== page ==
Whether three cars and one track justify the GT Legends demo's 263MB download depends on the speed of your connection and your appreciation for the Chevrolet Corvette, Jaguar E-Type, and Lotus Elan 26R. (The full game promises more than 90 touring cars from the 1960s and '70s.)
In the full game, you'll drive hard to earn points, win money, and improve your car to compete against other racers online. The demo only allows the "Quick Race" single-player mode at the traditional Dijon track or a shortened modification. While you only can pick among three cars, you can customize vehicle attributes such as steering, throttle, and brake sensitivity. The default keyboard controls are slightly bizarre, but a simple interface makes it easy to change them.
The actual gameplay is more realistic than arcade, and the graphics are very good. The most realistic effects occur whenever your vehicle shudders into a brutal crash. Five difficulty levels affecting assistance and opponent AI let veterans and Sunday drivers alike start winning races in no time. Everything in the GT Legends demo works well enough, but limited content and lack of originality prevent this racing sim from earning a top rating.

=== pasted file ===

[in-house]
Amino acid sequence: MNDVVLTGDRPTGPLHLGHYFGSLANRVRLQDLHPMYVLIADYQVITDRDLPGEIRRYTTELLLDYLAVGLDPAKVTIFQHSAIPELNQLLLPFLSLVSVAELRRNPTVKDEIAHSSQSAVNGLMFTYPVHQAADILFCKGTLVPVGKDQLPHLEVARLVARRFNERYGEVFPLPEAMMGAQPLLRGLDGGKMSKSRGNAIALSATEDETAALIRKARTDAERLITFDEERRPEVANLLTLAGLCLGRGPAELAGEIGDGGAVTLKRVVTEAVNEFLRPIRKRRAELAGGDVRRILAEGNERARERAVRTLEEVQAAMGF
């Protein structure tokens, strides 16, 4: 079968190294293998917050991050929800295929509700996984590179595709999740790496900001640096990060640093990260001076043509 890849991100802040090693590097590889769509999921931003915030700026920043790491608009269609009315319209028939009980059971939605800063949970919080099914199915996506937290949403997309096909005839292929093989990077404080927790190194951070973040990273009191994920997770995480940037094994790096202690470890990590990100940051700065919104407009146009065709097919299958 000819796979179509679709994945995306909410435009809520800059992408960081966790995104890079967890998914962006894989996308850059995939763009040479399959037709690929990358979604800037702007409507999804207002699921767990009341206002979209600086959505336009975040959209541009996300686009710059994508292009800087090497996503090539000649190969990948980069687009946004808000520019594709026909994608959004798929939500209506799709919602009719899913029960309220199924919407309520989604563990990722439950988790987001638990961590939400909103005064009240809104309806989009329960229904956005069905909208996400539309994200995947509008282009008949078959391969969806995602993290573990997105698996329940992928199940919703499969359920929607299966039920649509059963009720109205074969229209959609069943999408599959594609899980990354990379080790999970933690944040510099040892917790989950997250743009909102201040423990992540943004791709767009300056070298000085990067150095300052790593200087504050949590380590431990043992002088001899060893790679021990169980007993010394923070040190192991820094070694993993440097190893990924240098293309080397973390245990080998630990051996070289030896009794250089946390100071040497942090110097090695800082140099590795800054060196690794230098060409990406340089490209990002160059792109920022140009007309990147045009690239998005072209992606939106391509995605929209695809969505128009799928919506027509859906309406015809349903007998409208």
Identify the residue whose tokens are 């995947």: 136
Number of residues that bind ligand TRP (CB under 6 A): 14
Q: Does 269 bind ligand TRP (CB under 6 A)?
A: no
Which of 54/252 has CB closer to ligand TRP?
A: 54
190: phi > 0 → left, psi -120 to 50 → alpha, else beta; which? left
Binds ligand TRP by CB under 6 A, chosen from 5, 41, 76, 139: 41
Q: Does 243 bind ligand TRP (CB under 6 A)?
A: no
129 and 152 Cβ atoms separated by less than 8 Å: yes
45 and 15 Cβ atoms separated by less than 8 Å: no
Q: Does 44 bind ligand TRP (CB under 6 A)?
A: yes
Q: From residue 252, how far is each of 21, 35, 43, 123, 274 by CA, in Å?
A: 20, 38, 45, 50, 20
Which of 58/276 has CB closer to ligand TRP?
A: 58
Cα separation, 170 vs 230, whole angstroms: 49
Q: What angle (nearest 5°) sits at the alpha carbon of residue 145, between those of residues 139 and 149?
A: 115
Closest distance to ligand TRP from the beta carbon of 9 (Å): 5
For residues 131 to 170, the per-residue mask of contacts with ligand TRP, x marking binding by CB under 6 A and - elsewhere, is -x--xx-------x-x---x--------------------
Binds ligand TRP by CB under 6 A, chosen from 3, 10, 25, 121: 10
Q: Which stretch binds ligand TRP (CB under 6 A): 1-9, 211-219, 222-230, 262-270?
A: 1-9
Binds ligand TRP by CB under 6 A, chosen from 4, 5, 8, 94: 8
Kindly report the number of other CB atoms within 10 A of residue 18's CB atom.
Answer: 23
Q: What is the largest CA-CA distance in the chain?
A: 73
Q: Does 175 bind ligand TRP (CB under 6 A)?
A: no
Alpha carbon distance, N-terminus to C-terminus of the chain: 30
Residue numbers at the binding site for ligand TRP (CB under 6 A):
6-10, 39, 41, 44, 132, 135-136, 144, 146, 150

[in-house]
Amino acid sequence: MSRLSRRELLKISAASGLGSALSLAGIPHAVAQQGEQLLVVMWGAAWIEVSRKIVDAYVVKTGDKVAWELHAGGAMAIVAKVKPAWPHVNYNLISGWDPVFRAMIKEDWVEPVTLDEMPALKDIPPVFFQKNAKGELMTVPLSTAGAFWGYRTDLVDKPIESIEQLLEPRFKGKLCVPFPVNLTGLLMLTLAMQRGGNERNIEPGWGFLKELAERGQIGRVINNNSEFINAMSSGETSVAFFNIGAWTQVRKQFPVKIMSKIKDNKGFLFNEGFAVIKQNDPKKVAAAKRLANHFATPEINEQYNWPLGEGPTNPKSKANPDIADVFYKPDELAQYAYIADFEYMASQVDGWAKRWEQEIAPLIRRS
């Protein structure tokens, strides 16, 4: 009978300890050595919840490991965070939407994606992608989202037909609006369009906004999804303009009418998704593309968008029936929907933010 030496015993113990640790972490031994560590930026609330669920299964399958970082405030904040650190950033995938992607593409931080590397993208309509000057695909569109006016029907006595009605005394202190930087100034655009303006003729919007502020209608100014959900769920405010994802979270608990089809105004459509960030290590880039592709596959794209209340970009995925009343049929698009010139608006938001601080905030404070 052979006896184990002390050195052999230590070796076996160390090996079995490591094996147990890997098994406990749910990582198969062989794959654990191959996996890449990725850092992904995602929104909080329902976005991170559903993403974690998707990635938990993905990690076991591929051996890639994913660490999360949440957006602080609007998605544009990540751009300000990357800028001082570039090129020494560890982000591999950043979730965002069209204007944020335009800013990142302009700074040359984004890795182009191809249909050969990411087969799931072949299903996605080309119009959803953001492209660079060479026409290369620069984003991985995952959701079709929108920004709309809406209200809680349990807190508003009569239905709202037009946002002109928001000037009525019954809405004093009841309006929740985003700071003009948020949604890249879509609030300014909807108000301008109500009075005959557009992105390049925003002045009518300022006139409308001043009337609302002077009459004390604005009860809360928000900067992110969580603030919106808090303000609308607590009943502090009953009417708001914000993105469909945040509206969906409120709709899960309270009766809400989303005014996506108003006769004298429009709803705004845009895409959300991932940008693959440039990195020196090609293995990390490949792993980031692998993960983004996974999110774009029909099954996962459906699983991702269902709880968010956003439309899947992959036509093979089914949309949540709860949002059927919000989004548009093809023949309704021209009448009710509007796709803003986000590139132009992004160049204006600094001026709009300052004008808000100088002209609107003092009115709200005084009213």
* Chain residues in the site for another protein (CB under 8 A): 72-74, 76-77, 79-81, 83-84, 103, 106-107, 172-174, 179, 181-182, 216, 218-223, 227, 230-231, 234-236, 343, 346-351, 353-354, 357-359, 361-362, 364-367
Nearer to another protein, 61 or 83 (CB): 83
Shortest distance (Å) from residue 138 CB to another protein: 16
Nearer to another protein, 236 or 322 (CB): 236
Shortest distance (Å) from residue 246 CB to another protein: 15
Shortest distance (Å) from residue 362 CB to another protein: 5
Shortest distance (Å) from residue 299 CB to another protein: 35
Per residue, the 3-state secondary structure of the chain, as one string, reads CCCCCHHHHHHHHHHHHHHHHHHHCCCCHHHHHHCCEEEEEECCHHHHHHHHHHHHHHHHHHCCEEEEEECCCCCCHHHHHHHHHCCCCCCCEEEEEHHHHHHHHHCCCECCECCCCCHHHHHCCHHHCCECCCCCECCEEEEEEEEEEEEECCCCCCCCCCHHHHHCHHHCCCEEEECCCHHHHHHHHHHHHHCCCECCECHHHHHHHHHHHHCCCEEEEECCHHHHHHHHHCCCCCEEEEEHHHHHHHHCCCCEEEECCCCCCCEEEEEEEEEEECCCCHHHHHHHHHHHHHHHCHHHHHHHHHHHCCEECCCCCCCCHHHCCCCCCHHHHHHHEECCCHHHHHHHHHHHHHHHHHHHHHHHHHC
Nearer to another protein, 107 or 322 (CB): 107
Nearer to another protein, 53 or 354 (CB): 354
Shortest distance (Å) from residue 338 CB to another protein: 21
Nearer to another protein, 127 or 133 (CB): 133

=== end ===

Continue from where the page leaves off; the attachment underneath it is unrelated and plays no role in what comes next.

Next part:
GT Legends is the ultimate historic racing simulation, bringing back the legendary spirit of the 1960s and '70s. From the famous Mini Cooper to the muscular Corvette Stingray and fire-breathing BMW CSL, GT Legends is the first game featuring all the legends of classic car racing. In decades past, these mythical machines regularly met in fierce combat on racetracks across the world. This was the time when racecars were nasty, super-powered brutes. It took no less than fearless manhandling and wit to survive the hard wheel to wheel racing that define their era.
This demo for the historic racing sim features one of the three FIA GTC-65 class cars, driveable against up to 10 computer opponents on the Dijon circuit.